Creating Quilts of Valor

Published 9:20 am Friday, January 15, 2010

Millie Westland sums it up this way: “The fun is ours and the work is theirs.”

She was one of 10 quilters gathered Thursday at Calico Hutch in Hayward to sew quilt tops, bindings and pillowcases for the Quilts of Valor Foundation, a nonprofit group dedicated to make wartime quilts to comfort the wounded. Completed quilts are sent to soldiers at Walter Reed Hospital in Washington, D.C.

The area quilters call themselves “Will Work for Food.” They only need to bring their sewing machines. When they arrive on the pre-appointed day, quilt blocks are already cut. A morning snack and coffee have been prepared, as has lunch.

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“That’s the least we can do,” said Carolyn Matson, owner of Calico Hutch, who provides the site, food and fabrics.

“It’s all for a good cause.”

The quilt shop is also a drop-off site for individuals who make Quilts of Valor on their own.

Thursday was the third time the quilt shop hosted the Will Work for Food group. Another session is set for Feb. 11, from 9 a.m. to 5 p.m.

Matson said she and the quilters started making Quilts of Valor because there was a need and because they wanted to do something worthwhile.

Westland, of Hayward, said she had previously picked up a brochure on Quilts of Valor while on a trip. “I wondered if they really go where they’re supposed to,” she said. “They do.”

She said she’s gone online to the Quilts of Valor Web site and has read the soldiers’ stories about what receiving a quilt has meant to them.

“When they come into the hospital, they have nothing,” Westland said.

Westland said taking part in the project simply feels good. “The soldiers give up all their time to protect us,” she said. “I can give up one day.

“And where else can I go and have people talk the same quilt language?”

The quilters put together blocks in the pattern called “Turning Twenty.” It’s so named because 20 blocks are put together to form a quilt top.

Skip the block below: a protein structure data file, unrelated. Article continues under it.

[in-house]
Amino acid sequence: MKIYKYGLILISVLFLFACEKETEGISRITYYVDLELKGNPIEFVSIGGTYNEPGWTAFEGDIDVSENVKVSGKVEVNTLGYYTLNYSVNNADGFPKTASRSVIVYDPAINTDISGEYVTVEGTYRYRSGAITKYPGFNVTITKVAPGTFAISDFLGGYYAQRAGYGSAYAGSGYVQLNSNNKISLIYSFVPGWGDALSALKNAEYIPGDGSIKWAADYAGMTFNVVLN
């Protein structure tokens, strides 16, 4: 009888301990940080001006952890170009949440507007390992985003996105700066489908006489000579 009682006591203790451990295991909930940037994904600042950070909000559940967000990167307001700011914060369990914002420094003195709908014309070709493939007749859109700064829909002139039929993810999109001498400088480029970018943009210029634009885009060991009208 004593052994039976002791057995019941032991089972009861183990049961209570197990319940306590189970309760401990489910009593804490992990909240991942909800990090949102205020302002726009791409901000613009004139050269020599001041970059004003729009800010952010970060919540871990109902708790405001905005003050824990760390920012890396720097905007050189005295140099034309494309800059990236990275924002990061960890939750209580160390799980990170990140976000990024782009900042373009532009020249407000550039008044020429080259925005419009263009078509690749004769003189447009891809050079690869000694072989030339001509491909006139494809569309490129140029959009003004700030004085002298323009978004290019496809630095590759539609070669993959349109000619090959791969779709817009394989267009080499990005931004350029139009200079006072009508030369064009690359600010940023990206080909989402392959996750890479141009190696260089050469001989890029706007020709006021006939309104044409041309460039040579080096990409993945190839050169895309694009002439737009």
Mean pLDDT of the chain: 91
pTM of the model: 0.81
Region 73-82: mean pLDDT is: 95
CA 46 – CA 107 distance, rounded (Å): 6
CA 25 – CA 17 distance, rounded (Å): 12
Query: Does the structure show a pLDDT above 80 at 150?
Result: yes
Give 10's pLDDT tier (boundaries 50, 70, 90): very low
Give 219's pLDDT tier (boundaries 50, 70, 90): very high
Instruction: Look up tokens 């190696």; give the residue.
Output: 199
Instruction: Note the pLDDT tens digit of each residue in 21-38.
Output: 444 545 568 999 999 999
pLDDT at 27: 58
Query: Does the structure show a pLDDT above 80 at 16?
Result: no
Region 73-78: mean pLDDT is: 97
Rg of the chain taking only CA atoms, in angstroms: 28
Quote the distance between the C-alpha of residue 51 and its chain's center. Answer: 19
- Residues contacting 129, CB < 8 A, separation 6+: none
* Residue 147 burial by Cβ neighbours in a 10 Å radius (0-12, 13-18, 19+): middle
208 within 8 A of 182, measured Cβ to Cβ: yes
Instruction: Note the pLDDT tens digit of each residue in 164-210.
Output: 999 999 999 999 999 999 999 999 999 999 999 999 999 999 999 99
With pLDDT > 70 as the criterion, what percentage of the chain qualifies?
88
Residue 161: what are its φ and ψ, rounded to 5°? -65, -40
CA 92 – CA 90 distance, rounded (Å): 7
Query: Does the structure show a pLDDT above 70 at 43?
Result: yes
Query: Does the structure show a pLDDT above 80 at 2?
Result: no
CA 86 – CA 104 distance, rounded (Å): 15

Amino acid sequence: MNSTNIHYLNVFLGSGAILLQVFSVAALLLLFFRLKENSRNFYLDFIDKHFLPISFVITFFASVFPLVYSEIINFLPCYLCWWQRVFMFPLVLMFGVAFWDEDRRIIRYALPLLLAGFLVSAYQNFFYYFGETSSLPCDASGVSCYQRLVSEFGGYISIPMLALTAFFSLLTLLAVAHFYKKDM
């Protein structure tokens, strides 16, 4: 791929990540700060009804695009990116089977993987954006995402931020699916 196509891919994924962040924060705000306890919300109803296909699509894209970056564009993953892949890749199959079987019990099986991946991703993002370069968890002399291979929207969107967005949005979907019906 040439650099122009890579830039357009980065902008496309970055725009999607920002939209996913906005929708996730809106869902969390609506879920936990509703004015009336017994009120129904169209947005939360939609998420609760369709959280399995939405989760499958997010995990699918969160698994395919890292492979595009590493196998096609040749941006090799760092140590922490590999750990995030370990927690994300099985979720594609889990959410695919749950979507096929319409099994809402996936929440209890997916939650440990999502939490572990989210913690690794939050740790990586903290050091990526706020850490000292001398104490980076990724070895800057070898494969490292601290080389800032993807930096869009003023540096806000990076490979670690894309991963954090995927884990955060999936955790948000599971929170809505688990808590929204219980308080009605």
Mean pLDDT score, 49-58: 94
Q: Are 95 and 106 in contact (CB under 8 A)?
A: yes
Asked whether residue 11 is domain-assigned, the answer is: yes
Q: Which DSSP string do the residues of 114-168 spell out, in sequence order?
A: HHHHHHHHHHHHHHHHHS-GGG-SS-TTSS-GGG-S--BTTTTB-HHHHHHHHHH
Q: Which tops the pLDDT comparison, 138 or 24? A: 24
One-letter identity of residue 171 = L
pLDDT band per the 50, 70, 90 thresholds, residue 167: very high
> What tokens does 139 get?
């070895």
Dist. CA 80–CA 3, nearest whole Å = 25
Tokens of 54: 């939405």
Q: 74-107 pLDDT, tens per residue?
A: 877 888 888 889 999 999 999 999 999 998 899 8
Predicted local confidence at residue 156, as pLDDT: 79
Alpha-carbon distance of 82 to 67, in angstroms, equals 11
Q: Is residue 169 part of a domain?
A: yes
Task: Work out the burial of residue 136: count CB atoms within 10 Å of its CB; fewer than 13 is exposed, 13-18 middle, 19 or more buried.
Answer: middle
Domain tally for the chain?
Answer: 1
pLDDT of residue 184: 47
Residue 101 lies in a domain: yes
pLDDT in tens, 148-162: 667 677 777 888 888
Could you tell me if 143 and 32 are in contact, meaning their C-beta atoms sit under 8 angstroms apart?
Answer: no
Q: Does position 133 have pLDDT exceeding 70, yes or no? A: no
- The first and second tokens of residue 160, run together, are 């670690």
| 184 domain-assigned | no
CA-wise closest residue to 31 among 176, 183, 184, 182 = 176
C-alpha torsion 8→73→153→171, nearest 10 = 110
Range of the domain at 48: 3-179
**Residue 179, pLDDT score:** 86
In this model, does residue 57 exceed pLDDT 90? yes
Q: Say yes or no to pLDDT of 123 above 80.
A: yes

Matson said they chose that pattern because it’s one the quilters can stitch together in a day, along with the binding and pillowcase.

“They’ll finish. Some will do a second one,” she said.

“Quilters are so giving and so nice,” Matson said. “They give most of their quilts to family, friends, charities and strangers.”

Calico Hutch staff and other volunteers will do the actual machine quilting of the blankets, Matson said.

Kaye Klukow of Conger was at her third “Will Work for Food” session. “I like the idea of doing charity quilts,” she said, adding she’s been quilting for 20 or 25 years and got interested in it after going to the World’s Fair in Seattle and seeing a hands-on demonstration.

Linda Christianson of Blooming Prairie said a day never goes by when she doesn’t sew. It was her first time sewing for the soldiers, and learned about the group because she belongs to Calico Hutch’s block of the month club.

“It’s a fabulous pastime, but I’m afraid we don’t get enough made for all who need them,” Christianson said.

Lonnie Forland of Northwood, Iowa, was there for her second session of “Will Work for Food.” “It’s for a good cause,” she said. “I feel like I’m doing something for the troops.”

Pat Bangert of Albert Lea has been quilting for 40 years, but has done the majority of her work in the last 10 or 12 years. “It’s very calming,” she said of the hobby.

“If you can do some little thing, it helps,” Bangert said. “Knowing they (the soliders) will be nice and warm helps, too.”

Jolyn Olson of Blue Earth was helping the sewers lay out their blocks on the floor before stitching them together.

“I’m one of the addicts,” she said of her love of quilting. “But I don’t want to be cured.”

Sue Hansen of Albert Lea is also a member of the Austin Quilters Guild, which has been making Quilts of Valor for a few years. “We’ve sewn hundreds there,” she said.

In 2003, Catherine Roberts of Seaford, Del., started the Quilts of Valor Foundation when her son and his 630th MP Company were being deployed from Germany to Iraq for one year. She was thrown into a group of other Americans who send their loved ones into harm’s way. She started the group by appealing to both quilt-toppers and the longarming group to volunteer their fabric, their talents and time to make wartime quilts to comfort the wounded.

The mission of the QOV Foundation is to cover all wounded and injured service members from the War on Terror, whether physical or psychologically, with wartime quilts called Quilts of Valor.

Her own nephew is on his fourth deployment in the Middle East, so she feels she is doing something to help by sewing these quilts. She also saw a number of war-related injuries when she worked at the Mayo Clinic.

“You can’t even come up with words on how much these are appreciated,” Hansen said of the quilts.

Sewers also came from Pine Island and Mazeppa Thursday.

There is no charge to come and sew with the “Will Work for Food” bunch when they sew Quilts of Valor, but Matson asks that people call 377-1163 to reserve a spot.